Moby’s ‘Play’ Samples And The Greatest Single Episode Of A Podcast Ever

How A Missing Box Set Of CD’s Led To ‘Play’, And A Riveting Podcast

On December 19th 2017 » By Andrew Winistorfer

Moby 2

Moby’s Play is the most important electronic albums ever made. It broke electronic music in the U.S. in a way that had never been done before—analysts had predicted for 15 years that electronic music would be huge in the U.S. before Play came along, and it took the EDM boom of the 2010s before Play’s impact was fully manifest—and it did so ingeniously. Licensing all of the songs from the album to a bevy of commercials, movie trailers, and other non-album sales devices paved a new way forward for artists in the post-Napster era, got Play wide audience exposure (which would not have happened to an electronica record back then) and it also ensured that Play was the most heard music of 2000 and 2001 (it didn’t catch on commercially till the year after it was released).

The story of what is sampled on Play has been told many times over. Moby made electronic music featuring semi-obscure folk and blues artists, which was a daring way of recontextualizing musical forms—like the blues—that were basically disappeared from pop music. This 10th Anniversary Rolling Stone feature breaks down the samples song-by-song.

What brings us here today though, are a couple very specific samples, taken from a specific source. The most notable of these samples is Bessie Jones’ “Sometimes,” taken from Alan Lomax’s legendary field recordings compilation Songs from the South.

This song, very obviously, is the backbone of the first song on Play, “Honey.” According to that Rolling Stone interview above, Moby remembers getting the CDs of the Alan Lomax set—which was reissued in the mid-’90s for the first time on CD—from his friend, music writer Dimitri Ehrlich.

But according to what, at least to me, is the best single episode of a podcast I’ve ever listened to, that’s not the full story. According to this podcast episode, Moby borrowed the CD’s from Dimitri’s younger brother and never gave them back as he made Play and became a star, and Dimitri’s brother has been upset about that, and trying to get the CD’s back, for close to 20 years.

Heavyweight is a Gimlet Media podcast hosted by Jonathan Goldstein that is all about regret. Every episode is a person wondering about some central event in their life—their foster mom making them quit basketball, getting kicked out of their college sorority, changing schools because of being bullied—and wondering why the event happened like it did, why their life since has been the way it is, and if there’s any new understanding they can get from revisiting the people involved.

The episode in question is titled Gregor, and you can listen to it over here.

“Every album is not just the result of someone locking themselves in a studio, writing some music, and releasing it. An artist can be impacted by any number of people in the creation of an album, and in the case of Play, and this episode of Heavyweight, we get to hear about one of them.”

Gregor is one of those guys who’s reaching middle age and is not sure why he didn’t get the success that some of his friends did. He wanted to make important movies in college, but instead he makes commercials for a cleaning product. He feels like the opportunity he maybe had at some point to “be somebody” is all but gone. But there’s one thing he knows for sure: he wants his Alan Lomax CD’s, which he loaned to Moby in the ‘90s, back.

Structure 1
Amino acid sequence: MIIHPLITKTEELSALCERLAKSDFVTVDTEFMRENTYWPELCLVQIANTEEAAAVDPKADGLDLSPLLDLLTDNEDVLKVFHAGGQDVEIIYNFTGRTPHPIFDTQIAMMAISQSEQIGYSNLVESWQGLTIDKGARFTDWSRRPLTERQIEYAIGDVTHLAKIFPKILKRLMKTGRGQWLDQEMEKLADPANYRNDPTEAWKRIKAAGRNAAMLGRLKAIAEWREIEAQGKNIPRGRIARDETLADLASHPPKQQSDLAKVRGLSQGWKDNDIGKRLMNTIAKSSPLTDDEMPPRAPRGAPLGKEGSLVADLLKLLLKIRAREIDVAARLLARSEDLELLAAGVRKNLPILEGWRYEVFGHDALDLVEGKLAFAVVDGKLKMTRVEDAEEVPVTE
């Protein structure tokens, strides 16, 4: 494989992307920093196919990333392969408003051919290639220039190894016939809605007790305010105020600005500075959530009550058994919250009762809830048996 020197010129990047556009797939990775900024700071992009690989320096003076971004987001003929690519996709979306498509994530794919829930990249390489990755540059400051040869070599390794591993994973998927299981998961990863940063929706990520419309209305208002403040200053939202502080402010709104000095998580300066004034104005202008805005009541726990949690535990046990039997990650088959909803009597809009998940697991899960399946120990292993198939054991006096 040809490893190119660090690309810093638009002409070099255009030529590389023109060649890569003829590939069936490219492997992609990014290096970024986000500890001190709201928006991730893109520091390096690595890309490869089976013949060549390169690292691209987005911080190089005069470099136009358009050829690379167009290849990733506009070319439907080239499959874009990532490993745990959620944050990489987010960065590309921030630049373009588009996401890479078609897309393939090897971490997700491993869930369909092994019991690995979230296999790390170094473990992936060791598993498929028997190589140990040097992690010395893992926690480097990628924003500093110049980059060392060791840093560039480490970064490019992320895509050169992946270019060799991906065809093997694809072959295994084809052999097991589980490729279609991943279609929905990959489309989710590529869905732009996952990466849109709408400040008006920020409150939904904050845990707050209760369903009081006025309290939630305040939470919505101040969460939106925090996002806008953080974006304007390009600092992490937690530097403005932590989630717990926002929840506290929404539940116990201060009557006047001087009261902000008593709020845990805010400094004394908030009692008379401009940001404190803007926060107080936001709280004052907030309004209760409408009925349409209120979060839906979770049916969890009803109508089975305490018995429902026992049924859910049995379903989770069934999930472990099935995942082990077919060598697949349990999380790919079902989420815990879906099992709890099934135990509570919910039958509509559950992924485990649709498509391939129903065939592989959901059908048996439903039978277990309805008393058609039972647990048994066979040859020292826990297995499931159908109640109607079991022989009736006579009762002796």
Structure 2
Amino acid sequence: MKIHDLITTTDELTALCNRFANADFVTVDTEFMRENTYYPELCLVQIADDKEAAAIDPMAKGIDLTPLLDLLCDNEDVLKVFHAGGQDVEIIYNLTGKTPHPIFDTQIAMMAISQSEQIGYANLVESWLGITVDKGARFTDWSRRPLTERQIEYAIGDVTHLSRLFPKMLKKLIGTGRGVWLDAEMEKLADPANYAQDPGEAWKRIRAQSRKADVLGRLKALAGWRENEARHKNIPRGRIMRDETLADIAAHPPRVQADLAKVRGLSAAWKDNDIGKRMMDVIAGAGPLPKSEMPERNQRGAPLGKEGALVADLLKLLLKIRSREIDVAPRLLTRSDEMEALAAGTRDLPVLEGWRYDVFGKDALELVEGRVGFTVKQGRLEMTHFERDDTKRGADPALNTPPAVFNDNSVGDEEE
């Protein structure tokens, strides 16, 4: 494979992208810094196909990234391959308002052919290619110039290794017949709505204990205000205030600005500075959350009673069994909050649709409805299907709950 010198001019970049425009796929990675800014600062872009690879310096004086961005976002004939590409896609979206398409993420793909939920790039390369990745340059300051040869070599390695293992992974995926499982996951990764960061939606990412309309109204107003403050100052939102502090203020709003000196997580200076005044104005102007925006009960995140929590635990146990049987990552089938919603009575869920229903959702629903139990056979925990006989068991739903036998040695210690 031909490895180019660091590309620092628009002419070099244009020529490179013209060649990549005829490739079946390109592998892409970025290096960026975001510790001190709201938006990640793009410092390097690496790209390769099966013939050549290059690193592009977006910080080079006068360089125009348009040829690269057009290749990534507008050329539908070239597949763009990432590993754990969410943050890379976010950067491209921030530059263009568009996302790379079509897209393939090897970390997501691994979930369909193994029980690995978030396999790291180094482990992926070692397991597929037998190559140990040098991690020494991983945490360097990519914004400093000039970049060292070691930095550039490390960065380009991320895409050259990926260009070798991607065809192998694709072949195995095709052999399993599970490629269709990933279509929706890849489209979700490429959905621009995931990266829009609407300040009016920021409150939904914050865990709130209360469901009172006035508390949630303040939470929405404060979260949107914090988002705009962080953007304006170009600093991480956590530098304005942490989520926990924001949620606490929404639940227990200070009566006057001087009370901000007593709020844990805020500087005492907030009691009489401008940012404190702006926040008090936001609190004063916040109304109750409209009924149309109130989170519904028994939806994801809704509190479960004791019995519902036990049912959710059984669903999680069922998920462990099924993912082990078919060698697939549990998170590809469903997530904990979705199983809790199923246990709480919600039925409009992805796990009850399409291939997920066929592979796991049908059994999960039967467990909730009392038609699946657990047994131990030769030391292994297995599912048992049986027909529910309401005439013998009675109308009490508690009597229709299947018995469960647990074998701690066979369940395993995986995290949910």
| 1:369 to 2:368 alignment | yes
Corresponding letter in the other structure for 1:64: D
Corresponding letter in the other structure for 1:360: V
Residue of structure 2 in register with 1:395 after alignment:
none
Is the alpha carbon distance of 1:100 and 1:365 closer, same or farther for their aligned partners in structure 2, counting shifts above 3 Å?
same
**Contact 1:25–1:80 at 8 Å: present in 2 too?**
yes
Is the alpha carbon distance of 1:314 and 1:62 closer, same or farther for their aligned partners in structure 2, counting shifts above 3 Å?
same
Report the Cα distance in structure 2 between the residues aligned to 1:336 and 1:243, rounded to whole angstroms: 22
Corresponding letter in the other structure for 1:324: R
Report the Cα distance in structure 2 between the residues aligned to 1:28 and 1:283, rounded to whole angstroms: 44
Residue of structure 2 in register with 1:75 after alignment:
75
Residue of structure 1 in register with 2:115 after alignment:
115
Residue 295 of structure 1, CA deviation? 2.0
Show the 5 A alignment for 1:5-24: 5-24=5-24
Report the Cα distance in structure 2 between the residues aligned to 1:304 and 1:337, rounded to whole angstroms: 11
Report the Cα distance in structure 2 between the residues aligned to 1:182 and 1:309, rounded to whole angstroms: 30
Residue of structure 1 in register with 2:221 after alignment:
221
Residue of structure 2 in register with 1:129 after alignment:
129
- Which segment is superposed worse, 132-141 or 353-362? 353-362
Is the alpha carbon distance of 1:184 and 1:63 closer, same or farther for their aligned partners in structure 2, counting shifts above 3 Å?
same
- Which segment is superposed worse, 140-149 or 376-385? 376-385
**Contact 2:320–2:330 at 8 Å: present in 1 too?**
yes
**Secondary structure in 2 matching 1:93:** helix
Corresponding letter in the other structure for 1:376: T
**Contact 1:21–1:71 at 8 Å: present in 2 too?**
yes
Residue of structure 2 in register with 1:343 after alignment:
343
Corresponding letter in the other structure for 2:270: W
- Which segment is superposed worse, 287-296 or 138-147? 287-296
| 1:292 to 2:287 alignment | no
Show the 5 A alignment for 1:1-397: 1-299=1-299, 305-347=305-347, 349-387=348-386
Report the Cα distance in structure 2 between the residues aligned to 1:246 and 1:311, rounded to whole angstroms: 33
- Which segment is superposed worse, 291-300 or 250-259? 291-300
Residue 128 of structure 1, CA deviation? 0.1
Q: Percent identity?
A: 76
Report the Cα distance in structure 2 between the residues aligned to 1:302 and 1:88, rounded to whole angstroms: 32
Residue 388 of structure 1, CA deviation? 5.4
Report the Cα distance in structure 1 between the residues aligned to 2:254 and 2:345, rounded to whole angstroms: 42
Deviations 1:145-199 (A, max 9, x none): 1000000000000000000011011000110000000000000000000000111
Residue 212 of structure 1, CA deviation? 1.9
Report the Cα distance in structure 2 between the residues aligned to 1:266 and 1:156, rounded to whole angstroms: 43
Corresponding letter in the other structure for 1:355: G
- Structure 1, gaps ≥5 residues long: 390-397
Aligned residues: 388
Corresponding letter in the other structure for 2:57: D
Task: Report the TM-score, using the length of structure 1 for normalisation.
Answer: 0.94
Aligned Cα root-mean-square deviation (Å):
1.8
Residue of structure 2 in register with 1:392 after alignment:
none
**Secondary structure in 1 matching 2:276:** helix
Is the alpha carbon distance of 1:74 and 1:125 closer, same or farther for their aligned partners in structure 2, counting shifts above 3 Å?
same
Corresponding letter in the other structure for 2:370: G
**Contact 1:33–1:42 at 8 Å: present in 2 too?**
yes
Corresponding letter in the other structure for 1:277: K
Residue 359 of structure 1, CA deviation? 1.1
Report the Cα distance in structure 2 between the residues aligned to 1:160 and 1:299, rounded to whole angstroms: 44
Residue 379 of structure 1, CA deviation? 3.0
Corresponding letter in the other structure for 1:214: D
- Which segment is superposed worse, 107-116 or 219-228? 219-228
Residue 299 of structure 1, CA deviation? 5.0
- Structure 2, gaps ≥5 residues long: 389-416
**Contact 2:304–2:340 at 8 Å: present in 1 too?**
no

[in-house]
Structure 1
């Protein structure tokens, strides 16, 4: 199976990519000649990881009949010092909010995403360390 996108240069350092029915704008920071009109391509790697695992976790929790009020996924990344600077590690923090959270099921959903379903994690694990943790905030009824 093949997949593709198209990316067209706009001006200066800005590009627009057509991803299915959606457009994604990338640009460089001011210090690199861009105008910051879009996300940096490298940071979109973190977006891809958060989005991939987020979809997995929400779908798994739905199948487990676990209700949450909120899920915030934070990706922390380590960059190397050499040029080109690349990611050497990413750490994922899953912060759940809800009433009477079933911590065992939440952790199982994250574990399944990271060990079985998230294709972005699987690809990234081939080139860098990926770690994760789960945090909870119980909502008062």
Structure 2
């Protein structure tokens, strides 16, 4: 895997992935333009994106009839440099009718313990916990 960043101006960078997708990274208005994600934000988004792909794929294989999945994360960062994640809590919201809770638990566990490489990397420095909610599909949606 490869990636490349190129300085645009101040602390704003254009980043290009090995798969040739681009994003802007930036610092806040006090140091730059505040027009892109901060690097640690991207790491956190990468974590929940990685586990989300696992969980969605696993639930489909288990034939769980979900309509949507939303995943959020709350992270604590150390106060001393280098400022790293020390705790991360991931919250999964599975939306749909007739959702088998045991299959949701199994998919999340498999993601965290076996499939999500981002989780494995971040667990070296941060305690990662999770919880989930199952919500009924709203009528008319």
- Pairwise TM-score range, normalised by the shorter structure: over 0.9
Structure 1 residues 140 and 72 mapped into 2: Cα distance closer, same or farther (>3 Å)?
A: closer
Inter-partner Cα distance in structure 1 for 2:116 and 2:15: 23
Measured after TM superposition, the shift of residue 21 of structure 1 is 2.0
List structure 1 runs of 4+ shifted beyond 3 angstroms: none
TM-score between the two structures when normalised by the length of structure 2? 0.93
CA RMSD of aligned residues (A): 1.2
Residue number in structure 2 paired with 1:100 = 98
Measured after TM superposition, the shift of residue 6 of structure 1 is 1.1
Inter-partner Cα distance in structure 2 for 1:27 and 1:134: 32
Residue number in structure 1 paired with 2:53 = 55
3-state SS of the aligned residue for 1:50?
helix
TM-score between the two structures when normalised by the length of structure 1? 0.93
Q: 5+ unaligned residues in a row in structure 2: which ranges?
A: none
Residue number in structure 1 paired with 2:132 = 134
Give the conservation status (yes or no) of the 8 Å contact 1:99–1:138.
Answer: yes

It turns out Gregor is the one who gave Moby the CD’s; Dimitri and Moby and him used to hang out a bunch, and he vividly remembers the conversation he had with Moby that led him to taking the CD’s. Next thing he knew, Moby sampled songs like Vera Hall’s “Trouble So Hard,” became a superstar, and lost touch with Gregor.

In the intervening years, Gregor repeatedly asked Moby for the CDs back, and for the first half of the episode, you’re firmly on team Gregor. The guy just wants to put something on his mantle that shows he existed, and these CD’s he gave Moby would fit that bill. He says that he’s like the guy who gave Shakespeare a pen; he had nothing to do with the creation of Play really, but the fact that he was the source of the samples means something to him.

It’s when Gregor and Jonathan execute the episode’s plan—to basically ambush Moby in an interview and ask for the CD’s back—that your allegiances switch to wishing that Gregor could just let it go. I don’t want to spoil the rest of the episode, but it becomes a meditation on aging, personal expectations, friendship, how fame is a miserable trap, and how physical manifestations of our achievements are ultimately hollow, while also being like a demented heist story. In the end, Gregor finds out he does matter, and that being friends with Moby before, and after, Play might mean more than anything else.

And ultimately, the podcast, even though it’s about the regrets of an ad man and his CD’s, is a weird window into the creation of Play. Every album is not just the result of someone locking themselves in a studio, writing some music, and releasing it. An artist can be impacted by any number of people in the creation of an album, and in the case of Play, and this episode of Heavyweight, we get to hear about one of them.

Andrew Winistorfer

Andrew Winistorfer

Andrew Winistorfer is Vinyl Me, Please’s Head of Editorial and an editor of their book, 100 Albums You Need In Your Collection. He’s written Listening Notes booklets for the Vinyl Me, Please Classics releases of John Lee Hooker, Ollie & The Nightingales, Carla Thomas, Little Milton, William Bell and Darrell Banks. He lives in Madison, Wisconsin.

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